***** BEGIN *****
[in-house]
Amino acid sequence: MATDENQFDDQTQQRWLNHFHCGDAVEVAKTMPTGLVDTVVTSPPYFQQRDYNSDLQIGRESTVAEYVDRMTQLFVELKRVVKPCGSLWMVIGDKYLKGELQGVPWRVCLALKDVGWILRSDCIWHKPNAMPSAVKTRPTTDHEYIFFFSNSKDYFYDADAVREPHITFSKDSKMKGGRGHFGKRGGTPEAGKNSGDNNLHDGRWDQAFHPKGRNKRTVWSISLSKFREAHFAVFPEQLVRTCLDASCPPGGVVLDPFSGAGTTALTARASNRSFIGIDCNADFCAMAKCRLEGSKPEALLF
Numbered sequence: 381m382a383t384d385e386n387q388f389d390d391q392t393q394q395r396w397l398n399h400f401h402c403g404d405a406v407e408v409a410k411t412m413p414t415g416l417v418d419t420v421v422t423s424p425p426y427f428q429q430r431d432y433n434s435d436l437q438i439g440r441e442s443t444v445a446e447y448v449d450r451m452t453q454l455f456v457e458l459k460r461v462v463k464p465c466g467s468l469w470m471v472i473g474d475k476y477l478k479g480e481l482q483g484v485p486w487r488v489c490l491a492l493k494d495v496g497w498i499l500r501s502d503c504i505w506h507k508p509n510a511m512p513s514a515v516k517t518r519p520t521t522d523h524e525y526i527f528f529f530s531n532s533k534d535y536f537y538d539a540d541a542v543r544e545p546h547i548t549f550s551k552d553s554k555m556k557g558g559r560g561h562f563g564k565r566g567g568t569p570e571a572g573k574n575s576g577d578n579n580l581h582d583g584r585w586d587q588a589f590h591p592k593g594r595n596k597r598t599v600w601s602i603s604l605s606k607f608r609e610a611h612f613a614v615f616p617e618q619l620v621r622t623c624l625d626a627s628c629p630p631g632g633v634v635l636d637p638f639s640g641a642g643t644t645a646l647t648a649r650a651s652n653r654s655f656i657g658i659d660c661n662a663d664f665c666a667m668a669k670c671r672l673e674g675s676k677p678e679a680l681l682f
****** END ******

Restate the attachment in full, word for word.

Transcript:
[in-house]
Amino acid sequence: MATDENQFDDQTQQRWLNHFHCGDAVEVAKTMPTGLVDTVVTSPPYFQQRDYNSDLQIGRESTVAEYVDRMTQLFVELKRVVKPCGSLWMVIGDKYLKGELQGVPWRVCLALKDVGWILRSDCIWHKPNAMPSAVKTRPTTDHEYIFFFSNSKDYFYDADAVREPHITFSKDSKMKGGRGHFGKRGGTPEAGKNSGDNNLHDGRWDQAFHPKGRNKRTVWSISLSKFREAHFAVFPEQLVRTCLDASCPPGGVVLDPFSGAGTTALTARASNRSFIGIDCNADFCAMAKCRLEGSKPEALLF
Numbered sequence: 381m382a383t384d385e386n387q388f389d390d391q392t393q394q395r396w397l398n399h400f401h402c403g404d405a406v407e408v409a410k411t412m413p414t415g416l417v418d419t420v421v422t423s424p425p426y427f428q429q430r431d432y433n434s435d436l437q438i439g440r441e442s443t444v445a446e447y448v449d450r451m452t453q454l455f456v457e458l459k460r461v462v463k464p465c466g467s468l469w470m471v472i473g474d475k476y477l478k479g480e481l482q483g484v485p486w487r488v489c490l491a492l493k494d495v496g497w498i499l500r501s502d503c504i505w506h507k508p509n510a511m512p513s514a515v516k517t518r519p520t521t522d523h524e525y526i527f528f529f530s531n532s533k534d535y536f537y538d539a540d541a542v543r544e545p546h547i548t549f550s551k552d553s554k555m556k557g558g559r560g561h562f563g564k565r566g567g568t569p570e571a572g573k574n575s576g577d578n579n580l581h582d583g584r585w586d587q588a589f590h591p592k593g594r595n596k597r598t599v600w601s602i603s604l605s606k607f608r609e610a611h612f613a614v615f616p617e618q619l620v621r622t623c624l625d626a627s628c629p630p631g632g633v634v635l636d637p638f639s640g641a642g643t644t645a646l647t648a649r650a651s652n653r654s655f656i657g658i659d660c661n662a663d664f665c666a667m668a669k670c671r672l673e674g675s676k677p678e679a680l681l682f